NEW DELHI: The Congress on Monday accused Finance Minister Nirmala Sitharaman of “falsely” citing the oil bonds issued by the previous UPA government as the reason for not reducing fuel prices.

The finance minister ruled out a cut in the excise duty on petrol and diesel for now, saying the government has to pay for the oil bonds issued by the UPA in the past.

Congress chief spokesperson Randeep Surjewala said oil bonds of Rs 1.3 lakh crore are not even due for payment so far.

“Don’t lie. Oil Bonds of Rs 1.3 lakh crore are not even due for payment so far,” he said on Twitter.

“Till April 2021, payment made on Oil Bonds is Rs 3,500 crore only, yet you falsely hold UPA responsible,” Surjewala said.

“Smt Nirmala Sitharaman, Please stop falsehood or dare to contradict. BJP raised central taxes on petrol and diesel by Rs 23.87 and Rs 28.37 per litre in seven years.Modi Government collected additional Rs 17.29 lakh crore,” he said.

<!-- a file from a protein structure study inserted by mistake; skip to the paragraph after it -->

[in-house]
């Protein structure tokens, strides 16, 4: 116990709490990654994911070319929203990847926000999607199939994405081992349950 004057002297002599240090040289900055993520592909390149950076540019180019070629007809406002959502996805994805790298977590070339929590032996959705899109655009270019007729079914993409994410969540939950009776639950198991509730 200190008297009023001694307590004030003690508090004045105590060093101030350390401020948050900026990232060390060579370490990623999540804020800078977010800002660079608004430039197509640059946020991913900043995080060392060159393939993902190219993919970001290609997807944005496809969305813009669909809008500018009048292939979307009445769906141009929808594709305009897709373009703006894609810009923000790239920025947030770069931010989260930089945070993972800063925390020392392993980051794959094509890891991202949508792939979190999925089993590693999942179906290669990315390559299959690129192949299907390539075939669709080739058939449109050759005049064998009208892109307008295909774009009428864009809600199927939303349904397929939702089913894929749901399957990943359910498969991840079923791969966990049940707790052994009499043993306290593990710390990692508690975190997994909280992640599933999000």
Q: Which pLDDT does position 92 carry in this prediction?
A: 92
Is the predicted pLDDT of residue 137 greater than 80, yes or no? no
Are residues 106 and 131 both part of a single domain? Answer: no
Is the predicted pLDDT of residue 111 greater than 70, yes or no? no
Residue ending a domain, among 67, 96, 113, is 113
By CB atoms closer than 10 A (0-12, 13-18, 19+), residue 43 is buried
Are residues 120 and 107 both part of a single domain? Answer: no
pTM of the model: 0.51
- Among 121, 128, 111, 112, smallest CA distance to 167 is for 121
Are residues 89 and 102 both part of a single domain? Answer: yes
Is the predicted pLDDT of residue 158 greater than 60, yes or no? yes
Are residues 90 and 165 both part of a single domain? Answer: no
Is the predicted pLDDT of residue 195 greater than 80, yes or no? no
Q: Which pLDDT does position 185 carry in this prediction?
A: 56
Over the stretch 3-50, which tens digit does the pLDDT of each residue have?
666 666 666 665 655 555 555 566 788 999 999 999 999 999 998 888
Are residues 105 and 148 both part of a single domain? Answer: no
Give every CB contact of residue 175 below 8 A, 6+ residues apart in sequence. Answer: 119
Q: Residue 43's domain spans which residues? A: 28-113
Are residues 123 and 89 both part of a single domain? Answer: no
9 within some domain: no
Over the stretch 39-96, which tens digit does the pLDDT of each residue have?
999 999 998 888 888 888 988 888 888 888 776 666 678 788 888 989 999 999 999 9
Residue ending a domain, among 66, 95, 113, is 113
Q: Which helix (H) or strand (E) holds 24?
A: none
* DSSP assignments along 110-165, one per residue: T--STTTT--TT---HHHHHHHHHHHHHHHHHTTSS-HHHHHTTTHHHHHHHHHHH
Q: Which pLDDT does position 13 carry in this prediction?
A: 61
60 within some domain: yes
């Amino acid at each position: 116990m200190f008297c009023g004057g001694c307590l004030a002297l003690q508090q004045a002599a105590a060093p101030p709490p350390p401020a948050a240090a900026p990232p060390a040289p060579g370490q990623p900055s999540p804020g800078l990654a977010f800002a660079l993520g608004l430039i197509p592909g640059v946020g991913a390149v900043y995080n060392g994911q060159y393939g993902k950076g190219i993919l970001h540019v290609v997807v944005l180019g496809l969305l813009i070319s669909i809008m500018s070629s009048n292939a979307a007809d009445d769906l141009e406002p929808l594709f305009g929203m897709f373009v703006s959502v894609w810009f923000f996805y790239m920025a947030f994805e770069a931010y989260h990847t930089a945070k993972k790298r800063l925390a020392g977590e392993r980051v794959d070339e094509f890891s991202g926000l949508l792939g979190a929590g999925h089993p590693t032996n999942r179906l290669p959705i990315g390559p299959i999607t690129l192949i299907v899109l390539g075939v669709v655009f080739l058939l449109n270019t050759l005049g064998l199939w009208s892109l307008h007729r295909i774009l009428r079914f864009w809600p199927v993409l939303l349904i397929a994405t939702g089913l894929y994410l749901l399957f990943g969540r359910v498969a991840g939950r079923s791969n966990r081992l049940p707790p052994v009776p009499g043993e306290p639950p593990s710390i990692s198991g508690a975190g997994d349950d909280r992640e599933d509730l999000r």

He also alleged that the government has “extorted” Rs 22,33,868 crore by levying excise on petrol-diesel in the last seven years.

The Congress leader said that in 2020-21 alone, “Modi Tax” on petrol-diesel is Rs 4,53,812 crore.

He also listed other taxes imposed and total revenue collection from the petroleum sector to support his claim.

His remarks came after Sitharaman said if she did not have the burden to service the oil bonds, she would have been in a position to reduce excise duty on fuel “A significant amount is going for interest payment and principal repayment.

What unfair burden on me,” she said, adding, “previous government has made our job difficult by issuing oil bonds.

Even if I want to do something I am paying through my nose for the oil bond”.

Sitharaman said the interest on oil bonds paid in the last seven years totalled Rs 70,195.72 crore.

Of the Rs 1.34 lakh crore of oil bonds, only Rs 3,500 crore of principal has been paid and the remaining Rs 1.3 lakh crore is due for repayment between this fiscal and 2025-26, she said.

Petrol and diesel as well as cooking gas and kerosene were sold at subsidised rates under the previous Congress-led UPA government.

Instead of paying for the subsidy to bring parity between the artificially suppressed retail selling price and the cost, the then government issued oil bonds totalling Rs 1.34 lakh crore to the state-fuel retailers.